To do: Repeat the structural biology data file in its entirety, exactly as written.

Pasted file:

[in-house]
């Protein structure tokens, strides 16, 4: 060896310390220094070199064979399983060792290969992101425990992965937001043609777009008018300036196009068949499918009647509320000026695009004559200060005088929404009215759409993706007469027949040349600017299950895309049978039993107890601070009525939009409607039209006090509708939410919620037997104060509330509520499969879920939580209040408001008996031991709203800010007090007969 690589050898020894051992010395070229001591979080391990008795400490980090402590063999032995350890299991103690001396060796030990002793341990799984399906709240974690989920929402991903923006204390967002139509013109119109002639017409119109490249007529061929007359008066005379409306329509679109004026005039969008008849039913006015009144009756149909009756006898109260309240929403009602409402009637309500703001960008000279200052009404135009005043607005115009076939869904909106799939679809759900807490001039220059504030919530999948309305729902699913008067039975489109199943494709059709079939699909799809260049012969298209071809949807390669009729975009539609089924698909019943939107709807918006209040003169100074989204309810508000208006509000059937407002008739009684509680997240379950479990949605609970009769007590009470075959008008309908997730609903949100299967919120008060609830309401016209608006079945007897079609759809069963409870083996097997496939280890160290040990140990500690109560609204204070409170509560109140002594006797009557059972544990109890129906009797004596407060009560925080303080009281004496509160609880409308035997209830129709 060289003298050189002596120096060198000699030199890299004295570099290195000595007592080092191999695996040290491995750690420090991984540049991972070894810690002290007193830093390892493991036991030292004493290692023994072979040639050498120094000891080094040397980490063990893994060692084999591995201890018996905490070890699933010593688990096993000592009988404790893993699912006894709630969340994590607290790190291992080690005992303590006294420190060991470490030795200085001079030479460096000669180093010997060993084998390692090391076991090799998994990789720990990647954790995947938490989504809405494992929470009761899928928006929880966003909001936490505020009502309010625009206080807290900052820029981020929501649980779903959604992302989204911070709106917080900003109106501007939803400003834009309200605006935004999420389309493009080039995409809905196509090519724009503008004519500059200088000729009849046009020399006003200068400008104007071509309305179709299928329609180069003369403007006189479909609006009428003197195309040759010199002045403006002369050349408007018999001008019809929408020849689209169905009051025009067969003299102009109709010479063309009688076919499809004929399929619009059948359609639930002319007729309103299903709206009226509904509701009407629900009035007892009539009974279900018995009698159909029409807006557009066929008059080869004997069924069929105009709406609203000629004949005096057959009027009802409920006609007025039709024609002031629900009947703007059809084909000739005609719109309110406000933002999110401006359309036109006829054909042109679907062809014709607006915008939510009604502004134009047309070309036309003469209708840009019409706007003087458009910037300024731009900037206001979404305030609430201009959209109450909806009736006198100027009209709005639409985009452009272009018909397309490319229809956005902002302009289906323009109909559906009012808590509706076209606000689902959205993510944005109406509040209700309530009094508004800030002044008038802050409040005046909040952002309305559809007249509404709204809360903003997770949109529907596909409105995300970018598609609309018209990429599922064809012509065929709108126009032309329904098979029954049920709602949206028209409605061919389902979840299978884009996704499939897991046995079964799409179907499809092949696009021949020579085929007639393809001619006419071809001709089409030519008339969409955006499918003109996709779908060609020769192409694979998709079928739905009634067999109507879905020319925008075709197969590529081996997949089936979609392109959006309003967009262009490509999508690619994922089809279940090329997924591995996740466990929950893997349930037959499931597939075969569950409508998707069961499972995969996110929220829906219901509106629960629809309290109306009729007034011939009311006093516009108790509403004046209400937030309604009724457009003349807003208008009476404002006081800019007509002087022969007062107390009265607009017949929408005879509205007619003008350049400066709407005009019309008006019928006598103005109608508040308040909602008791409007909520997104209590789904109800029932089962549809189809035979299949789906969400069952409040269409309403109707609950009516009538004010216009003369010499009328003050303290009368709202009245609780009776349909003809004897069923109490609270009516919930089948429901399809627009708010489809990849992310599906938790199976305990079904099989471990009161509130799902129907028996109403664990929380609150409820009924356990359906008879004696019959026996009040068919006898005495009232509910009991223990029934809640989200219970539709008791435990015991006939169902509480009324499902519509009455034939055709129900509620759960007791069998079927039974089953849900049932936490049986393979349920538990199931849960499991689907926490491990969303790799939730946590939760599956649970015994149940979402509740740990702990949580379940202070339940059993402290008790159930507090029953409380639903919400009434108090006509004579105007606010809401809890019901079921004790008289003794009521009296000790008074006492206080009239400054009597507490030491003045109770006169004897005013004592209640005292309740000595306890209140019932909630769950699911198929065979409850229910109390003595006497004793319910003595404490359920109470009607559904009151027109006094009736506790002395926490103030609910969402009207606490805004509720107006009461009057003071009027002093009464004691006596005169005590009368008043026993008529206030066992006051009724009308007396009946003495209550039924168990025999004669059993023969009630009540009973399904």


[in-house]
């Protein structure tokens, strides 16, 4: 060896310390220094070199064979399983060792290969992101425990992965937001043609777009008018300036196009068949499918009647509320000026695009004559200060005088929404009215759409993706007469027949040349600017299950895309049978039993107890601070009525939009409607039209006090509708939410919620037997104060509330509520499969879920939580209040408001008996031991709203800010007090007969 690589050898020894051992010395070229001591979080391990008795400490980090402590063999032995350890299991103690001396060796030990002793341990799984399906709240974690989920929402991903923006204390967002139509013109119109002639017409119109490249007529061929007359008066005379409306329509679109004026005039969008008849039913006015009144009756149909009756006898109260309240929403009602409402009637309500703001960008000279200052009404135009005043607005115009076939869904909106799939679809759900807490001039220059504030919530999948309305729902699913008067039975489109199943494709059709079939699909799809260049012969298209071809949807390669009729975009539609089924698909019943939107709807918006209040003169100074989204309810508000208006509000059937407002008739009684509680997240379950479990949605609970009769007590009470075959008008309908997730609903949100299967919120008060609830309401016209608006079945007897079609759809069963409870083996097997496939280890160290040990140990500690109560609204204070409170509560109140002594006797009557059972544990109890129906009797004596407060009560925080303080009281004496509160609880409308035997209830129709 060289003298050189002596120096060198000699030199890299004295570099290195000595007592080092191999695996040290491995750690420090991984540049991972070894810690002290007193830093390892493991036991030292004493290692023994072979040639050498120094000891080094040397980490063990893994060692084999591995201890018996905490070890699933010593688990096993000592009988404790893993699912006894709630969340994590607290790190291992080690005992303590006294420190060991470490030795200085001079030479460096000669180093010997060993084998390692090391076991090799998994990789720990990647954790995947938490989504809405494992929470009761899928928006929880966003909001936490505020009502309010625009206080807290900052820029981020929501649980779903959604992302989204911070709106917080900003109106501007939803400003834009309200605006935004999420389309493009080039995409809905196509090519724009503008004519500059200088000729009849046009020399006003200068400008104007071509309305179709299928329609180069003369403007006189479909609006009428003197195309040759010199002045403006002369050349408007018999001008019809929408020849689209169905009051025009067969003299102009109709010479063309009688076919499809004929399929619009059948359609639930002319007729309103299903709206009226509904509701009407629900009035007892009539009974279900018995009698159909029409807006557009066929008059080869004997069924069929105009709406609203000629004949005096057959009027009802409920006609007025039709024609002031629900009947703007059809084909000739005609719109309110406000933002999110401006359309036109006829054909042109679907062809014709607006915008939510009604502004134009047309070309036309003469209708840009019409706007003087458009910037300024731009900037206001979404305030609430201009959209109450909806009736006198100027009209709005639409985009452009272009018909397309490319229809956005902002302009289906323009109909559906009012808590509706076209606000689902959205993510944005109406509040209700309530009094508004800030002044008038802050409040005046909040952002309305559809007249509404709204809360903003997770949109529907596909409105995300970018598609609309018209990429599922064809012509065929709108126009032309329904098979029954049920709602949206028209409605061919389902979840299978884009996704499939897991046995079964799409179907499809092949696009021949020579085929007639393809001619006419071809001709089409030519008339969409955006499918003109996709779908060609020769192409694979998709079928739905009634067999109507879905020319925008075709197969590529081996997949089936979609392109959006309003967009262009490509999508690619994922089809279940090329997924591995996740466990929950893997349930037959499931597939075969569950409508998707069961499972995969996110929220829906219901509106629960629809309290109306009729007034011939009311006093516009108790509403004046209400937030309604009724457009003349807003208008009476404002006081800019007509002087022969007062107390009265607009017949929408005879509205007619003008350049400066709407005009019309008006019928006598103005109608508040308040909602008791409007909520997104209590789904109800029932089962549809189809035979299949789906969400069952409040269409309403109707609950009516009538004010216009003369010499009328003050303290009368709202009245609780009776349909003809004897069923109490609270009516919930089948429901399809627009708010489809990849992310599906938790199976305990079904099989471990009161509130799902129907028996109403664990929380609150409820009924356990359906008879004696019959026996009040068919006898005495009232509910009991223990029934809640989200219970539709008791435990015991006939169902509480009324499902519509009455034939055709129900509620759960007791069998079927039974089953849900049932936490049986393979349920538990199931849960499991689907926490491990969303790799939730946590939760599956649970015994149940979402509740740990702990949580379940202070339940059993402290008790159930507090029953409380639903919400009434108090006509004579105007606010809401809890019901079921004790008289003794009521009296000790008074006492206080009239400054009597507490030491003045109770006169004897005013004592209640005292309740000595306890209140019932909630769950699911198929065979409850229910109390003595006497004793319910003595404490359920109470009607559904009151027109006094009736506790002395926490103030609910969402009207606490805004509720107006009461009057003071009027002093009464004691006596005169005590009368008043026993008529206030066992006051009724009308007396009946003495209550039924168990025999004669059993023969009630009540009973399904």